Green fuel
Solix BioSystems transitions into new chapter

SideStory: Growing green

The microalgae at Solix’s plant near Durango serve a double purpose – producing oil and consuming CO2 and wastewater generated from oil and gas drilling in Southwest Colorado./Courtesy photo

by Will Sands

The fuel of the future is quietly growing not far from Durango. Solix BioSystems has been successfully growing algae-based biofuel for the past two years at its Coyote Gulch Demonstration Facility, located nearby on Southern Ute Indian Reservation lands. The company now hopes to capitalize on that success and sell its proprietary photo-bioreactors all over the globe.

Solix is a firm based in Fort Collins that is devoted to algae-based biofuel. A Colorado State University spin-off, Solix started by identifying algae species that produce high fuel yields. Solix then brought those species to Southwest Colorado where they are currently yielding more than five times the amount of fuel per acre than other agriculture-based biofuels.

The company selected La Plata County in part because of its moderate climate and abundant sunshine, which are optimal for algae production. The company also came to Southwest Colorado thanks to a partnership with the Southern Ute Tribe and located on a 10-acre site on tribal property. The Coyote Gulch facility is also unique in another way.

“Coyote Gulch is special because it’s one of the largest production facilities in the U.S. where the algae feeds on carbon dioxide and waste water that are byproducts of oil and gas production,” explained Joanna K. Money, Solix’s vice-president of business development.

Green diesel is chemically identical to traditional diesel fuel. Though the fuel can be produced from a variety of4 feedstocks, including both animal and vegetable sources, Solix believes that algae-based fuel offers the highest hope, and Solix has seen marked success at Coyote Gulch. However, don’t expect to see the algae-based biodiesel at the pump in the near future. Commercial viability hinges on several factors.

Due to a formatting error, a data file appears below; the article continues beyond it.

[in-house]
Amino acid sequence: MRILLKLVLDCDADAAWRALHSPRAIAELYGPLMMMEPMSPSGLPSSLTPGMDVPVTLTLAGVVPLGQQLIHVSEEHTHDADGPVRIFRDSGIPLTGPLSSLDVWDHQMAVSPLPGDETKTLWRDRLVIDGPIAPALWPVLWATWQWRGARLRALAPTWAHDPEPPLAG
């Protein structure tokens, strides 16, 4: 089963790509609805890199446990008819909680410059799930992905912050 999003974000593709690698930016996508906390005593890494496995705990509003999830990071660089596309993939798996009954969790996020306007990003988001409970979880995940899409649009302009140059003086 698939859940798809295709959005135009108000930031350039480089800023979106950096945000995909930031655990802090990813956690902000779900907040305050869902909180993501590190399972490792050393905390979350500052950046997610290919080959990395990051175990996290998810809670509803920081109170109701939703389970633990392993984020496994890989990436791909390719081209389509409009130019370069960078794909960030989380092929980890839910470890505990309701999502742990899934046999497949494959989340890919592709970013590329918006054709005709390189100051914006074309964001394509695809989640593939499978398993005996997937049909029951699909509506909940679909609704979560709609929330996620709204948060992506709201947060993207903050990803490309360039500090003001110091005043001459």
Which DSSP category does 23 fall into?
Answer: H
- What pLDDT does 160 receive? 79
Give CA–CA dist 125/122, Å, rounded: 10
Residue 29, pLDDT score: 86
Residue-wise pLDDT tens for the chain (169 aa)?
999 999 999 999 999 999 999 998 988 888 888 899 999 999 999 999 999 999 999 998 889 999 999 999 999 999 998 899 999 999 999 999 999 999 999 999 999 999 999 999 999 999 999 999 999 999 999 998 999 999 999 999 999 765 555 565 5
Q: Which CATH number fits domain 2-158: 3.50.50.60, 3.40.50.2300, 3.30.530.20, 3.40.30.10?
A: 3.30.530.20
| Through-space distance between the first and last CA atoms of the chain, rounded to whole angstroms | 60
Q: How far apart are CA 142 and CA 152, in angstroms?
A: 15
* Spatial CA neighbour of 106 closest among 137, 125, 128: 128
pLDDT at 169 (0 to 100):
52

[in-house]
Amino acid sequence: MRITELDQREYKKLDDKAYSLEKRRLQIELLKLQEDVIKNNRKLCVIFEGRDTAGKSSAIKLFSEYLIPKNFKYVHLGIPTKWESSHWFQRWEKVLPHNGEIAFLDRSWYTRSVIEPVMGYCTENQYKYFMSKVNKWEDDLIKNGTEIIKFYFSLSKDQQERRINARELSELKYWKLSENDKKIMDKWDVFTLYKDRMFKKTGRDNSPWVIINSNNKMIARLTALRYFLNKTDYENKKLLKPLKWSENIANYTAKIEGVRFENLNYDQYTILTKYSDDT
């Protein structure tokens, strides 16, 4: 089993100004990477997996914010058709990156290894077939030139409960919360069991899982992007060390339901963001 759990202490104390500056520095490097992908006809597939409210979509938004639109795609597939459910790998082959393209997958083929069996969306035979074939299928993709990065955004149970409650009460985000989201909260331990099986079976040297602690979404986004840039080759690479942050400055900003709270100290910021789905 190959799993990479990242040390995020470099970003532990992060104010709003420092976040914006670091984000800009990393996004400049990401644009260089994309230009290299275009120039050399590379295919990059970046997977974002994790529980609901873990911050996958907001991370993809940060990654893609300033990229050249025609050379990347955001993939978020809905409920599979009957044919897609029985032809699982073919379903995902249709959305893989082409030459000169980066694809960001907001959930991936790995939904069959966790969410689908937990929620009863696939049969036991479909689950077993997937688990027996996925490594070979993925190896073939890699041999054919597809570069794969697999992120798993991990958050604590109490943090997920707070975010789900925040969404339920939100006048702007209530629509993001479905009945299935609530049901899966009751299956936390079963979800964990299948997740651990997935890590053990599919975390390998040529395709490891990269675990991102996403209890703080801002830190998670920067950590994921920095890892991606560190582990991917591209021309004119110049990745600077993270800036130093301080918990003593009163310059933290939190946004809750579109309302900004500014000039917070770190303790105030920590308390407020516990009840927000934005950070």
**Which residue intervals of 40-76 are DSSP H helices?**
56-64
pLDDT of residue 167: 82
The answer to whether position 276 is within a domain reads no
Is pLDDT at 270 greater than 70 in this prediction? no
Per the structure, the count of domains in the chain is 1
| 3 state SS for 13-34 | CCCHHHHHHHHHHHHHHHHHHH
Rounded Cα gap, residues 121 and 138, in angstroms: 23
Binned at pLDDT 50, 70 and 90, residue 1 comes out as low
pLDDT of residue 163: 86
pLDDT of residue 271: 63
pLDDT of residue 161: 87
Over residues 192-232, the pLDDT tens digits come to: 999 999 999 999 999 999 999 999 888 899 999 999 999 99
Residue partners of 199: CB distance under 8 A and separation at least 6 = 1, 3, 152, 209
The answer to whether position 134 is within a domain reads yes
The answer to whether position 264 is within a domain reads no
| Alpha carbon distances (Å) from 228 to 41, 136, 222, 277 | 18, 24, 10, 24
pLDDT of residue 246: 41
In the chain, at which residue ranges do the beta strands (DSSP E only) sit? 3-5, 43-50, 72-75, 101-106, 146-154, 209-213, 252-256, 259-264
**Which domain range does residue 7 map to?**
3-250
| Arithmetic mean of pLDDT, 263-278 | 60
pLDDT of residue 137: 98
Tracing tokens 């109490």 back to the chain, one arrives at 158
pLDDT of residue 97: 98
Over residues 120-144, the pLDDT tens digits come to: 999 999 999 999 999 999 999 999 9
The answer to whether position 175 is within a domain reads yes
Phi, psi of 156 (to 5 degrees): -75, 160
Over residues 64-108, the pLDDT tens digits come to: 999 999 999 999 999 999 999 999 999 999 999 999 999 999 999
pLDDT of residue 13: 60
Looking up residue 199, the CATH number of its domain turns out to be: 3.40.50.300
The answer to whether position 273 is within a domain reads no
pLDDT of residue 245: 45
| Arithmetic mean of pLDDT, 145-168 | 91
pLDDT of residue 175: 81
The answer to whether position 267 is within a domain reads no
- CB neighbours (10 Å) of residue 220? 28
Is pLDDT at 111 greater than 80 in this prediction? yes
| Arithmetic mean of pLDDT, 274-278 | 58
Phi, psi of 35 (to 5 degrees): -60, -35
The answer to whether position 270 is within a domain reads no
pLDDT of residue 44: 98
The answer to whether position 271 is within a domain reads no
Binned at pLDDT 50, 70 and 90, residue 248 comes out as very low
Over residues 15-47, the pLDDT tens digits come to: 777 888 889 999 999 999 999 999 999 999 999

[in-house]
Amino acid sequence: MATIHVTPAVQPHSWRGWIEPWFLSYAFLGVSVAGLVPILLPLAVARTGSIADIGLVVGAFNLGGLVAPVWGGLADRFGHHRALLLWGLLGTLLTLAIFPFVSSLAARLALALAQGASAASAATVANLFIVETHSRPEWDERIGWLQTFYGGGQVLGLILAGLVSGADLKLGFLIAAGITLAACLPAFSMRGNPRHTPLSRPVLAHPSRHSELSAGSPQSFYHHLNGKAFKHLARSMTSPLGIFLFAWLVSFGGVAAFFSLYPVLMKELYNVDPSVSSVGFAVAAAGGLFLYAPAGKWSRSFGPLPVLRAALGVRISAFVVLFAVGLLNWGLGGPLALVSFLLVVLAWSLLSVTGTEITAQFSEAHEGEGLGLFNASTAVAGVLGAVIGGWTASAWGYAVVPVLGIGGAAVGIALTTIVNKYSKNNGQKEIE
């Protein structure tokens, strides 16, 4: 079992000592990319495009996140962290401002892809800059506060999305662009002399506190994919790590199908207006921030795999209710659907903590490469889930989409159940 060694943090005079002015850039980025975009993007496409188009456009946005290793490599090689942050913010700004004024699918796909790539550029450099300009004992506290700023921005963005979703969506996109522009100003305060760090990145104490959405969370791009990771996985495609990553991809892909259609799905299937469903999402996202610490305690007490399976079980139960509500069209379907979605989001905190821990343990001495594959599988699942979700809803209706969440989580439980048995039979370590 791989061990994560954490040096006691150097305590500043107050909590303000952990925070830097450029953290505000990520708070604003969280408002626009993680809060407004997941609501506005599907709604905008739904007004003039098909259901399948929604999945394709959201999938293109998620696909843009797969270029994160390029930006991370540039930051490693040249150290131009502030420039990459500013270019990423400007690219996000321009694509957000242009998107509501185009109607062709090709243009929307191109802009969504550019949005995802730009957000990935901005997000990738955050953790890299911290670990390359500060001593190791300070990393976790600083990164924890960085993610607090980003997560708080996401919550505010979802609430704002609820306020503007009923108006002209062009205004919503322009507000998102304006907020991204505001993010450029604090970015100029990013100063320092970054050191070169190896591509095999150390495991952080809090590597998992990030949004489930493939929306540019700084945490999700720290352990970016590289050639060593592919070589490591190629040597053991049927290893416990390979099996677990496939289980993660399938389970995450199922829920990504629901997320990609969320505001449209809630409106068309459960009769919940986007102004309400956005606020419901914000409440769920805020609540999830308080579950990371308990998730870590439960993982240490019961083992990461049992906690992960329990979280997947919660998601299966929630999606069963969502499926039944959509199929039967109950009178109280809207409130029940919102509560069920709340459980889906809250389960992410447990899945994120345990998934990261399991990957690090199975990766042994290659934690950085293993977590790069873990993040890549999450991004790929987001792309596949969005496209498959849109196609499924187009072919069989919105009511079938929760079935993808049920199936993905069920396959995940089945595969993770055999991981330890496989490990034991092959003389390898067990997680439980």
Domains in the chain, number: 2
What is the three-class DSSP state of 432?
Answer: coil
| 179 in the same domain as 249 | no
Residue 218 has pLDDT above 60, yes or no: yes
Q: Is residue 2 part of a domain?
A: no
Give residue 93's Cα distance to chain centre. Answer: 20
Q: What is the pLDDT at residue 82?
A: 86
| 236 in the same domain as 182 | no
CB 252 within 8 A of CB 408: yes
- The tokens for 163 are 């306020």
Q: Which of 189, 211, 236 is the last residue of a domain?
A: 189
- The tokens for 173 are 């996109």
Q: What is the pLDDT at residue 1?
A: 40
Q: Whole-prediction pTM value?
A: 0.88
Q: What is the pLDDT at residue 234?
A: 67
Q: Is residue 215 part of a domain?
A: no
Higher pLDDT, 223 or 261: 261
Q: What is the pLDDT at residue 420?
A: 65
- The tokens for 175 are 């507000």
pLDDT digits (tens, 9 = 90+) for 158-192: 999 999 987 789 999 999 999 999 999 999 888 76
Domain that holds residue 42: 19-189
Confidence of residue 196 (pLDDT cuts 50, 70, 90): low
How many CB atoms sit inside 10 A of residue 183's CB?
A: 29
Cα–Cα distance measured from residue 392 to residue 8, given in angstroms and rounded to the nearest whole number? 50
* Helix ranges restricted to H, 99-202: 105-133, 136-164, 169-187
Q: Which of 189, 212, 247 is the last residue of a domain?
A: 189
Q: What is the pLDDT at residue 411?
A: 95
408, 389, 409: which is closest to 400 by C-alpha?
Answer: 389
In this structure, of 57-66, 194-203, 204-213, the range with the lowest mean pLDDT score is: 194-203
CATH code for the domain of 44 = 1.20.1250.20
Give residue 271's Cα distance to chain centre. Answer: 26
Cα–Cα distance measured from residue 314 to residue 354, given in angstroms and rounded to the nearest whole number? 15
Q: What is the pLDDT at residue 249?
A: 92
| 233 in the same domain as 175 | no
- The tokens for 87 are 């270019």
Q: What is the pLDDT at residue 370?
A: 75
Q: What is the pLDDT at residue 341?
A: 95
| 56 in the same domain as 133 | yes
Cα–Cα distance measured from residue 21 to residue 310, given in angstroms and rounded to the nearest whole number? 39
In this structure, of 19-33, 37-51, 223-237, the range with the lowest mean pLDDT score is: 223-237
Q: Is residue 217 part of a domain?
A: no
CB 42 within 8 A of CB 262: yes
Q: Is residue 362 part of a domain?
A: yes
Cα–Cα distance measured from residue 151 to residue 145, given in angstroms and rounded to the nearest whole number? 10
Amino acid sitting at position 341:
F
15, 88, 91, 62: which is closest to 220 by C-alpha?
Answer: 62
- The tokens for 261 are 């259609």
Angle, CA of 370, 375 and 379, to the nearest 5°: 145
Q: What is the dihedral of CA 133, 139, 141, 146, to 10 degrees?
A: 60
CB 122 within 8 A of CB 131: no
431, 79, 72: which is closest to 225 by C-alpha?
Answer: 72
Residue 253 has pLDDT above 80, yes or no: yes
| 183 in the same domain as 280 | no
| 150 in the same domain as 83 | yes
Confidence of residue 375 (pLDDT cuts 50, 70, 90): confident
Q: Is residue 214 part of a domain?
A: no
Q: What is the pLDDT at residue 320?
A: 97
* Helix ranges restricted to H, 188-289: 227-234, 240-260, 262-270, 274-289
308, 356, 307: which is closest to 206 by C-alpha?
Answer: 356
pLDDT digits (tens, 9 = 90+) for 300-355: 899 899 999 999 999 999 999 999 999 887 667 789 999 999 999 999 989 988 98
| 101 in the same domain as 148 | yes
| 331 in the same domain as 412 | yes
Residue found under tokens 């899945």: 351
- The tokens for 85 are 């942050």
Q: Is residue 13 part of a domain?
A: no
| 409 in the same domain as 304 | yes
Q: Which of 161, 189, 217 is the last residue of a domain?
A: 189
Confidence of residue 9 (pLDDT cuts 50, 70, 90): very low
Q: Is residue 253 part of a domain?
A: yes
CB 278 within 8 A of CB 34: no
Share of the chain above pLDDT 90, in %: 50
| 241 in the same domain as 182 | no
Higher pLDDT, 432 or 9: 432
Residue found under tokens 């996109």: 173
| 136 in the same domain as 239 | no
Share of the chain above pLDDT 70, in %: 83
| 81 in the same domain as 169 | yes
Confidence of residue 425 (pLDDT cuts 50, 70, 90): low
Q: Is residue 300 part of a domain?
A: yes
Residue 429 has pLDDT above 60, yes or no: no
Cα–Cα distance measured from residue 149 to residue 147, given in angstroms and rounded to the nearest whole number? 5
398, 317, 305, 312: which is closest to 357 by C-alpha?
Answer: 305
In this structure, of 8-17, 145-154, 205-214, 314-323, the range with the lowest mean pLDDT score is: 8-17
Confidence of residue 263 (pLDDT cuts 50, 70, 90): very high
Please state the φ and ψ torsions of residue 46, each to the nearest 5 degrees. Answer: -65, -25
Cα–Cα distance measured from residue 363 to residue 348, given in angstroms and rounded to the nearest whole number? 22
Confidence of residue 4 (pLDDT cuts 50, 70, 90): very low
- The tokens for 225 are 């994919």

“In recent years, there has been a realization that algae is a viable source for biofuel,” Money said. “However, the key issue is that the cost must come down, and that will happen when the fuel yields go up and the price of the technology drops. Right now, Solix is making strides on both of those fronts.”

In the meantime, Solix will focus on commercializing, marketing and selling its algae growth system. To this end, the company secured in excess of $16 million in financing from its investors – The Southern Ute Alternative Energy Fund, Bohemian Ventures and I2BF Global Ventures – last week. It also changed its name from Solix Biofuels to Solix BioSystems to better reflect the company’s role as provider of systems rather than fuels.

“This new round of financing from current investors demonstrates their continued excitement and support for our progress,” said Joel Butler, Solix’s chief executive officer.

Solix is also excited about the company’s new offering and expects the market to respond. The system is geared toward growing algae in outdoor environments and offers a unique solution for customers seeking production outside the laboratory. Butler noted that Solix has been growing algae continuously for three years in Fort Collins; has experienced no production failures; and witnessed peak growth rates of more than 3,000 gallons of product per acre per year. Money added that algae oil is a wonder product and can be used to create food, bio-derived chemicals, surfactants, proteins, pigments and antioxidants among other things.

“The viability of biofuel is still several years away,” Money said. “But the technology goes beyond targeting fuels. We think that in the near term, our customers will be using the process to create many other products.”



In this week's issue...

January 25, 2024
Bagging it

State plastic bag ban is in full effect, but enforcement varies

January 26, 2024
Paper chase

The Sneer is back – and no we’re not talking about Billy Idol’s comeback tour.

January 11, 2024
High and dry

New state climate report projects continued warming, declining streamflows